Basal Cell Skin Cancer
Most people are aware of skin cancer. Melanoma, the deadliest type of skin cancer, is by far the most publicized. However, other types of skin cancers exist, and though not usually deadly, they can still be disfiguring and dangerous, and must be treated. Basal Cell Carcinoma, referred to by most as BCC, is the MOST common skin cancer. While Caucasian men over 40 have been known to be more commonly diagnosed with this skin cancer, it is becoming increasingly prevalent among women, as well as for men and women under 40. More than 1 million people are diagnosed with BCC annually, and this statistic increases by 10% every year. This increase is attributed to the aging baby boomer population, an increase in UV light exposure (due to depletion of the Earth’s ozone layer), and a lack of appropriate sun protective behaviors.
Once one BCC is diagnosed, the risk of developing a second BCC within 5 years is 50%. While BCC is enough of a concern on its own, the Journal of the National Cancer Institute also found that those diagnosed with any skin cancer are slightly more likely to have another type of cancer, unrelated to the skin. This risk increases even more in those diagnosed with BCC at a younger age. This information makes it clear that preventing BCC, as well as early diagnosis and treatment of BCC is becoming increasingly important.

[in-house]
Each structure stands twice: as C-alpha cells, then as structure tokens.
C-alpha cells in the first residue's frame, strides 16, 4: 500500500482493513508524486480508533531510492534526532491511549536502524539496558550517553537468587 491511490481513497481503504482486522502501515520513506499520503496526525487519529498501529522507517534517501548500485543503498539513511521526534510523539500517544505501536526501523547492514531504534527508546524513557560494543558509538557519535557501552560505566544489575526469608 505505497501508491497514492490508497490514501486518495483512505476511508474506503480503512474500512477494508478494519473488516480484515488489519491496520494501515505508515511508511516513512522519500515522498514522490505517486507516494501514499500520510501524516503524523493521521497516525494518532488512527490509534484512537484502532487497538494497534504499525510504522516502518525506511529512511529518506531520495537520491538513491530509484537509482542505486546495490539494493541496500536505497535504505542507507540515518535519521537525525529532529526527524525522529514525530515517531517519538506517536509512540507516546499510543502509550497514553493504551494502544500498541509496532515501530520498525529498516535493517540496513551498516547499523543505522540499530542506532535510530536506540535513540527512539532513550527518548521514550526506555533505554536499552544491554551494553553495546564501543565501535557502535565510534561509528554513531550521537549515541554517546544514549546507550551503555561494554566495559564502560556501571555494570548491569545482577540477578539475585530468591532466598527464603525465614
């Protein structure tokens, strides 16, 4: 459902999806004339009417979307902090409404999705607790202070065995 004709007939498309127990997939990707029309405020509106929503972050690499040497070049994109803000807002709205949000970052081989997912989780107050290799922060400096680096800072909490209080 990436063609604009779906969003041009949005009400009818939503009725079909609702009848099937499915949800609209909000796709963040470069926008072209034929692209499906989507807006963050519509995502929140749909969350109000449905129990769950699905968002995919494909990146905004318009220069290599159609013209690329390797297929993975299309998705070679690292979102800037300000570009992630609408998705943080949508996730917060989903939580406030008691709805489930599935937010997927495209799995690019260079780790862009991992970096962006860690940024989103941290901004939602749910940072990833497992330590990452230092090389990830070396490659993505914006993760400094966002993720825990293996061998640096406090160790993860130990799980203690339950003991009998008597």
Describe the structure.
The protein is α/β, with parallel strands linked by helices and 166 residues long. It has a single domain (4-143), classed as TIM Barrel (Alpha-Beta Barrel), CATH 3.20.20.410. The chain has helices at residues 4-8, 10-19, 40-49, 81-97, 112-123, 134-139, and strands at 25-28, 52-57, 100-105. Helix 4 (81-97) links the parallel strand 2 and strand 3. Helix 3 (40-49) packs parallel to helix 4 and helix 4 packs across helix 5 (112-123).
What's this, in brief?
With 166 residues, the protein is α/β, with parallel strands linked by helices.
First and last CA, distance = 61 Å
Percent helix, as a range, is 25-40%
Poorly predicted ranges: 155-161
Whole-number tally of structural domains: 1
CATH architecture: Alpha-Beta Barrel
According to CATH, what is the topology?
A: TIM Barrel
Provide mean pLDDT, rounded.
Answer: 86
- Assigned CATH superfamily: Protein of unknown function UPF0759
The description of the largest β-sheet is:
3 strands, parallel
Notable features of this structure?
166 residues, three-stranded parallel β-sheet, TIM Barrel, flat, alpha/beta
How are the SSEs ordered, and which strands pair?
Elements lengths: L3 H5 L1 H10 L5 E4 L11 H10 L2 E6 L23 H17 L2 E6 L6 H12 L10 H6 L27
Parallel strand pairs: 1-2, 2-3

There are many factors that can increase a person’s risk for BCC, including:
- chronic sun exposure
- fair skin type, with red or blonde hair and/or green or blue eyes, or tendency to burn easily and rarely tan (Skin Type l or ll)
- family or personal history of basal cell or other skin cancers
Less common risk factors are arsenic exposure, therapeutic radiation, chronic immunosuppression – such as transplant recipients or those with HIV – and some rare genetic conditions. The strongest cause of BCC is excessive or chronic sun exposure. UV radiation causes a genetic mutation to several tumor suppressing genes, which are part of the “hedgehog” molecular pathway (important in early fetal development). The malfunction of those genetic “brakes” allows uncontrolled growth, resulting in basal cell cancer.
The warning signs of BCC include:
- A persistent sore that remains open and does not heal for several weeks
- A red patch, that may or may not be irritated, and that does not go away
- A new, shiny bump. May be red, translucent, white or pigmented
- A pink, growth with rolled borders and sometimes a central crust. There may also be small blood vessels visible in the growth.
- A white, yellow, waxy area with undefined borders that may look like a scar